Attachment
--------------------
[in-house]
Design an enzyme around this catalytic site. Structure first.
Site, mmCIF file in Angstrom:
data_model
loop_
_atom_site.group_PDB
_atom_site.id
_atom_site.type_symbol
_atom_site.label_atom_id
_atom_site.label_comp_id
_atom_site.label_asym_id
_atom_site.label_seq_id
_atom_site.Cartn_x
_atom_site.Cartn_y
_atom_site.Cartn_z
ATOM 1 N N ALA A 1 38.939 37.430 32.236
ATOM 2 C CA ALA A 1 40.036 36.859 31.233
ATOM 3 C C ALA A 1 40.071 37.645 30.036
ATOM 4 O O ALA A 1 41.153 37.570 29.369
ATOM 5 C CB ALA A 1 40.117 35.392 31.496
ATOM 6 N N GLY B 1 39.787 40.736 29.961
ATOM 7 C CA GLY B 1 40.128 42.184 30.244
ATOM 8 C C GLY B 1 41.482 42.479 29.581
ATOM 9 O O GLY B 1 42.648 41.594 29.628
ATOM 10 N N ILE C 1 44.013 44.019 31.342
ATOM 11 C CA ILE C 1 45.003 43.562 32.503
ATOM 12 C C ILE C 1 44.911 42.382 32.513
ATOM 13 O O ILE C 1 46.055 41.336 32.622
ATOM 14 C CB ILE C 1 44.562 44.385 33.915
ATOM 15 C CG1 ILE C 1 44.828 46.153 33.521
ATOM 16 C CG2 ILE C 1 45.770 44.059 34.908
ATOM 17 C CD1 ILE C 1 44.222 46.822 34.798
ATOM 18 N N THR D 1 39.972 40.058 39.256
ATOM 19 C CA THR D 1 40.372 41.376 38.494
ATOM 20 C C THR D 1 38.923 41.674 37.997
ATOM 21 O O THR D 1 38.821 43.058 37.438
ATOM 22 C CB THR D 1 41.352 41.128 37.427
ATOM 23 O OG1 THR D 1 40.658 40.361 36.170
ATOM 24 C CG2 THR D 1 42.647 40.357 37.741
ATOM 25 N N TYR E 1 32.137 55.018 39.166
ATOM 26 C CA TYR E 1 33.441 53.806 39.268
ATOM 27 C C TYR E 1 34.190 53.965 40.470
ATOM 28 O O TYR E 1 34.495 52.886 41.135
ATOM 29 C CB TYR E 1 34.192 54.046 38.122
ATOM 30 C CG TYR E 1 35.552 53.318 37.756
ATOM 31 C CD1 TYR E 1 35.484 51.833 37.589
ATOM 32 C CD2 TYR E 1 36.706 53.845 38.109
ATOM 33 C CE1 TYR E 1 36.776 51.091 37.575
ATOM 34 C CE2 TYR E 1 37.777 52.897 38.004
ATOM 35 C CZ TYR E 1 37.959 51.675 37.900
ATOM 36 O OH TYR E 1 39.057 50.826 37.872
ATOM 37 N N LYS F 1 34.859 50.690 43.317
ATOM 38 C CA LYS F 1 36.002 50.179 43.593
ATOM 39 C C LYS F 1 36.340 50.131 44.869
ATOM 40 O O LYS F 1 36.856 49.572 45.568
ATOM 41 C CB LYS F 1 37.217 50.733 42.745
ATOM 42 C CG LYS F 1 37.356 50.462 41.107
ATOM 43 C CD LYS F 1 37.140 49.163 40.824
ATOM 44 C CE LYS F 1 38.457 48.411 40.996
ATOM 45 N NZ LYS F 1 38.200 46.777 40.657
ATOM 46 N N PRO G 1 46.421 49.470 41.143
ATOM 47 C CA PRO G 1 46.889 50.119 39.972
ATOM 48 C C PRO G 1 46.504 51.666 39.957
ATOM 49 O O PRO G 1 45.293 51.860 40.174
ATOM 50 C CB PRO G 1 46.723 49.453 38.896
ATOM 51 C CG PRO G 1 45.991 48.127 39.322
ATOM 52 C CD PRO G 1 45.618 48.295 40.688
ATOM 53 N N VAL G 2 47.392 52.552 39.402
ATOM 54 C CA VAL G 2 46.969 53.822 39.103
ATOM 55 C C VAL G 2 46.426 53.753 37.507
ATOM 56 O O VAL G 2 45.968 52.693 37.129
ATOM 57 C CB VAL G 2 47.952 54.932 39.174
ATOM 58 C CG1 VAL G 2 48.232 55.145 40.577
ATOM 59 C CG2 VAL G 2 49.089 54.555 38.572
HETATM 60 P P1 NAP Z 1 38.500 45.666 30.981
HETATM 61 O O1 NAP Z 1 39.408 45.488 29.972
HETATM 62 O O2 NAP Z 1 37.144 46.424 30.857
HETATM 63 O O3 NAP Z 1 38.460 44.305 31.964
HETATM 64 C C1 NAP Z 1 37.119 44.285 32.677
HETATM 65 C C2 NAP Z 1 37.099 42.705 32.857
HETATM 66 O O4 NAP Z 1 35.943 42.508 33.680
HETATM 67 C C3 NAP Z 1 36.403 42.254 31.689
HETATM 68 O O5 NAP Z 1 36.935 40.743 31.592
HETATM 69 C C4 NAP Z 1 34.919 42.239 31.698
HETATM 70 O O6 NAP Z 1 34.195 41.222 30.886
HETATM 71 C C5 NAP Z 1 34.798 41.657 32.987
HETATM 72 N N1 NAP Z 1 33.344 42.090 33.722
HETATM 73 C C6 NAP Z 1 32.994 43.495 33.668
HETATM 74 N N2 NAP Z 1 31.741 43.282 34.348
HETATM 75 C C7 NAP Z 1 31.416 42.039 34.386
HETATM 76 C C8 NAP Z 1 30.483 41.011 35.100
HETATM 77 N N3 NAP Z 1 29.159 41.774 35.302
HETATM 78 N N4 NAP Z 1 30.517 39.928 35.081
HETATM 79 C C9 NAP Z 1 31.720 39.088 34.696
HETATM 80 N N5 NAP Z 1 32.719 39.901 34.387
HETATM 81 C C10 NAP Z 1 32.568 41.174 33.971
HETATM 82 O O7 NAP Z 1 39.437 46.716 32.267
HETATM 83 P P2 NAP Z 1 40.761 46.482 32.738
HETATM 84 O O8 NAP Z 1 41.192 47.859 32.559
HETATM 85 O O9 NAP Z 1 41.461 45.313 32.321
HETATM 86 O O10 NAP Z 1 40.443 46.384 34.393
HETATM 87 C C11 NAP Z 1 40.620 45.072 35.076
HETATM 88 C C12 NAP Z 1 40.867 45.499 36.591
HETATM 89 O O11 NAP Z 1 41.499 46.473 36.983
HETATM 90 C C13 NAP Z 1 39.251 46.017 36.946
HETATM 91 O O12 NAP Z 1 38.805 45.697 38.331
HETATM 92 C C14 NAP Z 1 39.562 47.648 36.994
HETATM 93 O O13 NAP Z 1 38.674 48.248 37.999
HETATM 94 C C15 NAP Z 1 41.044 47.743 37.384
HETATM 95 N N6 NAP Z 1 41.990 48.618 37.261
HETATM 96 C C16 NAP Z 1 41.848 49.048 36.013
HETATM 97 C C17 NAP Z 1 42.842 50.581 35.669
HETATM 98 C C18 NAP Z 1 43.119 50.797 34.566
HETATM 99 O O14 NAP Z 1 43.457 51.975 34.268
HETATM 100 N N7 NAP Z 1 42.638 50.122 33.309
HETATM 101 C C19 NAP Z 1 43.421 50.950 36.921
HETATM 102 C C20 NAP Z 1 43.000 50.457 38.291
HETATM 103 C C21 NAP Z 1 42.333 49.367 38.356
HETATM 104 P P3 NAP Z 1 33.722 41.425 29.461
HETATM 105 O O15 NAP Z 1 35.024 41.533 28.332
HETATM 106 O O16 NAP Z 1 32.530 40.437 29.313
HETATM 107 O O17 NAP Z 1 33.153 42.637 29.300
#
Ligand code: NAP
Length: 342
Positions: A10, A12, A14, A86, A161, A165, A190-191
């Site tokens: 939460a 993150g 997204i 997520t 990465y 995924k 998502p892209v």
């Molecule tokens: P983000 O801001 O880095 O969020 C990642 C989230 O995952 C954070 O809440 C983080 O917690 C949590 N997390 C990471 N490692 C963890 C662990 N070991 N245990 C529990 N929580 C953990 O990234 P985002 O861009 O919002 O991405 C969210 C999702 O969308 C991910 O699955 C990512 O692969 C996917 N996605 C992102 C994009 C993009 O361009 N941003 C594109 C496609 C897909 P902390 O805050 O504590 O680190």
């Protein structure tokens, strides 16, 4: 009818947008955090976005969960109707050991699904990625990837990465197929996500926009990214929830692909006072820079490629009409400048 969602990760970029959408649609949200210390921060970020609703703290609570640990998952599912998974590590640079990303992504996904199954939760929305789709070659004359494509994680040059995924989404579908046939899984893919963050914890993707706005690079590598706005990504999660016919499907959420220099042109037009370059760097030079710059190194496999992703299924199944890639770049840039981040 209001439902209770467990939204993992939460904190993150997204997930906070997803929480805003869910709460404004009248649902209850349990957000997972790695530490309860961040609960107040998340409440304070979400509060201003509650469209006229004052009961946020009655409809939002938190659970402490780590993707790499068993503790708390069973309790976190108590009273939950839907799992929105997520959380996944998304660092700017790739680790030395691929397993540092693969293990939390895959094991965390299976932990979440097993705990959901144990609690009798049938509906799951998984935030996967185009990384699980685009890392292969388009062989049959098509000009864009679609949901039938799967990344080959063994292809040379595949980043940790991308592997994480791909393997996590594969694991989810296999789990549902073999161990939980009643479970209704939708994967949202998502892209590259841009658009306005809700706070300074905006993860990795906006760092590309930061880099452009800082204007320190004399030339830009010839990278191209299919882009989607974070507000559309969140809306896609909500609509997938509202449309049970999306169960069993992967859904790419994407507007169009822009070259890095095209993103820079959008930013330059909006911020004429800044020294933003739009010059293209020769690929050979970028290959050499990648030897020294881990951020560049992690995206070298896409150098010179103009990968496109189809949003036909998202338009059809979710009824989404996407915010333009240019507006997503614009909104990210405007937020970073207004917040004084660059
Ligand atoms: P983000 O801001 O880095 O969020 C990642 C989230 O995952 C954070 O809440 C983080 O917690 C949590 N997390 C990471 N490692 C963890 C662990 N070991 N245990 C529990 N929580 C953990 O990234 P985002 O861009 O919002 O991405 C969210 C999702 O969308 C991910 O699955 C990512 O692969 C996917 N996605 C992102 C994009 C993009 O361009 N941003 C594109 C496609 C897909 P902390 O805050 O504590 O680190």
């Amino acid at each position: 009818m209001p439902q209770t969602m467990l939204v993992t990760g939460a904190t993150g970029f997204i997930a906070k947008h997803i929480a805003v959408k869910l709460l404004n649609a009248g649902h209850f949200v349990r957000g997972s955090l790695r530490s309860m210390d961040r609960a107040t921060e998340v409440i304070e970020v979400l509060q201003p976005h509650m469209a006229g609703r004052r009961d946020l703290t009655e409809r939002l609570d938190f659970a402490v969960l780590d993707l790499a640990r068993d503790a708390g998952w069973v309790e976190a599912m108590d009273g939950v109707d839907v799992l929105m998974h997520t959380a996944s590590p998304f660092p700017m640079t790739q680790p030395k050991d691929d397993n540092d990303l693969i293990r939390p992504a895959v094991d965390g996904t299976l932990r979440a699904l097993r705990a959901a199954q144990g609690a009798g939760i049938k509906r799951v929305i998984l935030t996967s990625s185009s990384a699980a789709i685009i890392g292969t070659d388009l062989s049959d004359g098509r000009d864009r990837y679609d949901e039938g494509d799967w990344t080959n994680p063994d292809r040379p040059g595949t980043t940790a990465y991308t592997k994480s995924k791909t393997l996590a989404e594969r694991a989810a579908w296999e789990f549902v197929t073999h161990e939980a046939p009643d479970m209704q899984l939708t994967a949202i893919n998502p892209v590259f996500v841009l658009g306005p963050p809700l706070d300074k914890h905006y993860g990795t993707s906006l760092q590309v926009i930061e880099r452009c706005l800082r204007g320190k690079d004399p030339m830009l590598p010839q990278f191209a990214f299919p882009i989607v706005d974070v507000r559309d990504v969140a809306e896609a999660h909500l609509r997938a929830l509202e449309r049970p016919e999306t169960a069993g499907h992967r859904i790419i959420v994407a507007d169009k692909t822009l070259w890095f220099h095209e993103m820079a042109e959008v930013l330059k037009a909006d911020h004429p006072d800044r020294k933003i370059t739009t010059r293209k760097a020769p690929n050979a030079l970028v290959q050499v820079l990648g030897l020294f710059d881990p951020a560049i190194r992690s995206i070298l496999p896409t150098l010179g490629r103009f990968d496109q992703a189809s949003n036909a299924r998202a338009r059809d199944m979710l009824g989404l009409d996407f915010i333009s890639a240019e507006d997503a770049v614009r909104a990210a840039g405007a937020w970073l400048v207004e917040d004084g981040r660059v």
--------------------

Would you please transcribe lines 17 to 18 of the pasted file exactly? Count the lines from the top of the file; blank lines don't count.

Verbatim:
ATOM 2 C CA ALA A 1 40.036 36.859 31.233
ATOM 3 C C ALA A 1 40.071 37.645 30.036